The return of a demo day on Tuesday not only marked a jump back into in-person events for Orlando’s startup community.
It also meant the five startups that completed the VentureScaleUp accelerator could get real-time feedback from potential investors, clients and others in the community.
Luiggi Pera of Miventure, a crowdfunding investment portal that was one of the companies, said the audience was bigger than he had expected.
“These events are very important for startup exposure and for a growing tech hub,” he told Orlando Tech News. “The more startup events like these that we have, the more innovative people and money get in the same room to help facilitate a better future for Orlando.”
Demo day represented one of the first events in Orlando’s tech community to be held in person.
While the 12-week program ended up being a hybrid that included in person and virtual sessions, the fact that demo day was in person will only help the startups.
“I tell any startup that they should come to pitch competitions (and demo days),” said Mark Ingram, a Cocoa Beach business attorney who attended the event. “You will figure out things you don’t know (about your business).”
It’s also a way to practice your pitch so that it’s polished by the time you get in front of investors, Ingram said.
“Local funders can also see you keep getting better the more they see you over time,” he said. “That added exposure can lead to being a successful startup.”
Leaders of Central Florida companies including Miventure, Exhalence, FLUIX, IDEM Systems and Modularity Space took their turns explaining their businesses.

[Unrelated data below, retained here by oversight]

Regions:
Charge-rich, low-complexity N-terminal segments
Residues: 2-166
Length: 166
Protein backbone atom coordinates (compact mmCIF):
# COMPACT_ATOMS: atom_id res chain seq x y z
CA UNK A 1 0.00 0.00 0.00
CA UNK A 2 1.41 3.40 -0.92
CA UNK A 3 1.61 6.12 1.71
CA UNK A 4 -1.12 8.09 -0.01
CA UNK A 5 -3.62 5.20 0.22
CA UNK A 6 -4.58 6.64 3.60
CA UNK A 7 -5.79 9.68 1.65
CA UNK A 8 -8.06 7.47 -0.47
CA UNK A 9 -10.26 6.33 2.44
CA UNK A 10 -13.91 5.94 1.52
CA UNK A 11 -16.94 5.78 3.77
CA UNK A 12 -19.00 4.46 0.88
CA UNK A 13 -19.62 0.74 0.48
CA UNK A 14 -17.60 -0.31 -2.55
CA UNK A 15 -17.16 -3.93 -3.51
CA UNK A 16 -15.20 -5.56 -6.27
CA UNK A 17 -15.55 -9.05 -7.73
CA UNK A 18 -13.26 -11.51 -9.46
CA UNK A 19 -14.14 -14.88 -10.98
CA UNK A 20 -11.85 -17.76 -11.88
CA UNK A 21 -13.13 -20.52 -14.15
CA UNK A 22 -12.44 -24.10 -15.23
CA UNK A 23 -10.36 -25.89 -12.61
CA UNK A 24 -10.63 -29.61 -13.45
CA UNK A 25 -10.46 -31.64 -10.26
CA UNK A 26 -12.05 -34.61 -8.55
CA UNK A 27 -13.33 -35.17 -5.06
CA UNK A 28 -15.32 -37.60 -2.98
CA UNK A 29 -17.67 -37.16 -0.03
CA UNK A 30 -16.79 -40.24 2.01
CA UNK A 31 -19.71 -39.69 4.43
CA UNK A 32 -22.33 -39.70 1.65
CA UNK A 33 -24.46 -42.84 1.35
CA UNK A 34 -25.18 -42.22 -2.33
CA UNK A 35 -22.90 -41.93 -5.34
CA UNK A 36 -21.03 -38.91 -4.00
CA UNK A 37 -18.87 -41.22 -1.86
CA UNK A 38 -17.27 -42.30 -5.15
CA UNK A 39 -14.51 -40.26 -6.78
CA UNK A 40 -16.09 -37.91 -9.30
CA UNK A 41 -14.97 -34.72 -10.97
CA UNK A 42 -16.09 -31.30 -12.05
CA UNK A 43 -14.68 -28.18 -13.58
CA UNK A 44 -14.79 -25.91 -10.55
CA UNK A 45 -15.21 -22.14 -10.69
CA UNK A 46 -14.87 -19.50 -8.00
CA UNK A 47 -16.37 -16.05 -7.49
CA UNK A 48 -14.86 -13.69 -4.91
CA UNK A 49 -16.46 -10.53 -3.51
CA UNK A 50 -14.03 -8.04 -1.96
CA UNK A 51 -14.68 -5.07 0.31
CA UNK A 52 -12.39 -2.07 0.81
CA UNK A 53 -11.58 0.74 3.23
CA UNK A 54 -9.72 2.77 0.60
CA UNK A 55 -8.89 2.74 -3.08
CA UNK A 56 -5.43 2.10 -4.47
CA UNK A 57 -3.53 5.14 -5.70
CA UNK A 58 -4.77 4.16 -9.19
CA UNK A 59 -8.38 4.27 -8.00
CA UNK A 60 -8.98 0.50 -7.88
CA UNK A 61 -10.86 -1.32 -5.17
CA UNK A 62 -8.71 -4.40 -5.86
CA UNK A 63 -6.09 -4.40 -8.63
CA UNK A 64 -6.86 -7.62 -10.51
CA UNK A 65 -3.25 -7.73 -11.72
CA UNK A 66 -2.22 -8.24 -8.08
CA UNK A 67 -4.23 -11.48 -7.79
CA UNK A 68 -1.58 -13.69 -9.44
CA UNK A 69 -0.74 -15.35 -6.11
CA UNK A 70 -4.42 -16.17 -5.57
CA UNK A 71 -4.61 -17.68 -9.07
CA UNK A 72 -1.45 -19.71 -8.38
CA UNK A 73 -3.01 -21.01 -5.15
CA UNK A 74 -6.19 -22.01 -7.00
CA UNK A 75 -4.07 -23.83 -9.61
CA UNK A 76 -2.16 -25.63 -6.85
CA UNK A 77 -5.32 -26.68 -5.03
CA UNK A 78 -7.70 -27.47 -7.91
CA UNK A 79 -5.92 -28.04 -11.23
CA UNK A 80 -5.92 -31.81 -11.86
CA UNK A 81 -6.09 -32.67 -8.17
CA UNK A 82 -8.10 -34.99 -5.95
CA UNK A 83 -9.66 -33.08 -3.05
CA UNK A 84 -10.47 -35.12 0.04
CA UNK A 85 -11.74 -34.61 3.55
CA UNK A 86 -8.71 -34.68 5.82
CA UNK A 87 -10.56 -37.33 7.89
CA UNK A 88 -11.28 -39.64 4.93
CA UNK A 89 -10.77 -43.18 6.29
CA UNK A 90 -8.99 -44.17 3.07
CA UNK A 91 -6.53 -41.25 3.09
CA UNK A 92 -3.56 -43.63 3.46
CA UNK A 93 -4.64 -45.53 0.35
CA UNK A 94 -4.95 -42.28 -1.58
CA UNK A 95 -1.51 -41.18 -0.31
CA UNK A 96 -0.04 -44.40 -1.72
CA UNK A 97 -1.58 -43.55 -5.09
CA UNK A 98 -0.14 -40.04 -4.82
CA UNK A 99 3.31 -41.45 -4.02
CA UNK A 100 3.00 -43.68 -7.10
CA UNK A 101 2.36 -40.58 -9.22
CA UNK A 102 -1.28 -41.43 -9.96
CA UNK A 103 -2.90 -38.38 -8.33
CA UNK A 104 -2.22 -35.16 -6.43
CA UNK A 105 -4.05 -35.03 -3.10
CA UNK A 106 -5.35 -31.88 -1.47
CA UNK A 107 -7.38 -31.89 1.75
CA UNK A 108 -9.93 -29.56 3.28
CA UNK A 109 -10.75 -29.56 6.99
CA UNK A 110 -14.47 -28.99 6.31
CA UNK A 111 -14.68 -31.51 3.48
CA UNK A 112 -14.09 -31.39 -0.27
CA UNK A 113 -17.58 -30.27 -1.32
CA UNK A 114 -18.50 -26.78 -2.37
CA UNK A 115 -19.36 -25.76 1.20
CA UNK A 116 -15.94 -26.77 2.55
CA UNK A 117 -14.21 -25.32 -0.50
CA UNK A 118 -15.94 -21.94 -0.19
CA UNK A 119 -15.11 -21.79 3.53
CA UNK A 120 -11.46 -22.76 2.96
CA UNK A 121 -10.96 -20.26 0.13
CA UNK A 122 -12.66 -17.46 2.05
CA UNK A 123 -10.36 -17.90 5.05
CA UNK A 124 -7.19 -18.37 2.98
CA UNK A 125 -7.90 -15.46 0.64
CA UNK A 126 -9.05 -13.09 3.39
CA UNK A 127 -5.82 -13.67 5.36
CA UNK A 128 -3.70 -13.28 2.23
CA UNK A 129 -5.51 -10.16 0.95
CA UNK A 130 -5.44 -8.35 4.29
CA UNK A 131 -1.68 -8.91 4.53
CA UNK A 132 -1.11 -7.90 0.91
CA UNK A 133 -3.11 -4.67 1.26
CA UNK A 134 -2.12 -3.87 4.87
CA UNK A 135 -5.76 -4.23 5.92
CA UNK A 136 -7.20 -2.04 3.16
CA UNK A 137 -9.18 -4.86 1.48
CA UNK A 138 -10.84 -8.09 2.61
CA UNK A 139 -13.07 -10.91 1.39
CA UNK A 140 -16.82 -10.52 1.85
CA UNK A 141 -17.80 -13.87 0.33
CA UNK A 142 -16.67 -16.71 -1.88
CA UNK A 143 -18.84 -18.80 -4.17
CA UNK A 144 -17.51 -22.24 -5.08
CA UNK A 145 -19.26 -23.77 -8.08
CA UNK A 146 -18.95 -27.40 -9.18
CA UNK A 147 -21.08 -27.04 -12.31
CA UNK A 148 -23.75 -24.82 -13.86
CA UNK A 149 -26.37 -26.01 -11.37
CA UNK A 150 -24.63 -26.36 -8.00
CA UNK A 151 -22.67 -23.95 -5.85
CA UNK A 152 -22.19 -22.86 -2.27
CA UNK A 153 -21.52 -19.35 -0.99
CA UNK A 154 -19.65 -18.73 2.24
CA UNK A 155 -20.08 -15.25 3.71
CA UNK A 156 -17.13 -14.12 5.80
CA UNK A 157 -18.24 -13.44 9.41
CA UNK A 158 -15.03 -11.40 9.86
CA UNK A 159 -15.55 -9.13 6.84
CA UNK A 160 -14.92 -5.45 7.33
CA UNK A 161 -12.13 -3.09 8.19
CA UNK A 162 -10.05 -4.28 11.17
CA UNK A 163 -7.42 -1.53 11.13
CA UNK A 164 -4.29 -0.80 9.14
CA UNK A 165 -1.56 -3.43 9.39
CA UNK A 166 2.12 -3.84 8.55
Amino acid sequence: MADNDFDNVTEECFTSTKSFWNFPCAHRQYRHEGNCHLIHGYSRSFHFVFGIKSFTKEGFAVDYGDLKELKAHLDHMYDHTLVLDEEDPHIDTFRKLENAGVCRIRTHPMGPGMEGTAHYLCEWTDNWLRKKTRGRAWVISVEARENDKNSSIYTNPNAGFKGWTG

After a loosely timed eight-minute pitch, the presenters then took questions from the crowd of about 50 who attended.
VentureScaleUp founder Dennis Pape, who organized the event at Pipeline Coworking, said he thought the event was better than he expected.
“I could not have been prouder of those teams nor happier with networking, talking to old friends and meeting new tech supporters, and seeing people connecting again,” he said in a Facebook post.
Since its creation roughly six years ago, VentureScaleUp has helped 44 startups, about 70 percent of which are still in business and half of which have raised capital, Pape said at the event.
“We start by looking for proven companies that have achieved visible milestons but look like they need some acceleration,” top local investor Richard Fox, who is part of the program’s leadership team, said in a speech before the startups pitched. “Usually what the need is mentors and money.”
He said he was impressed by the growth each of the companies showed off.
“The presentations they have there look nothing like the presentations they had when we started and we are proud of that,” he said.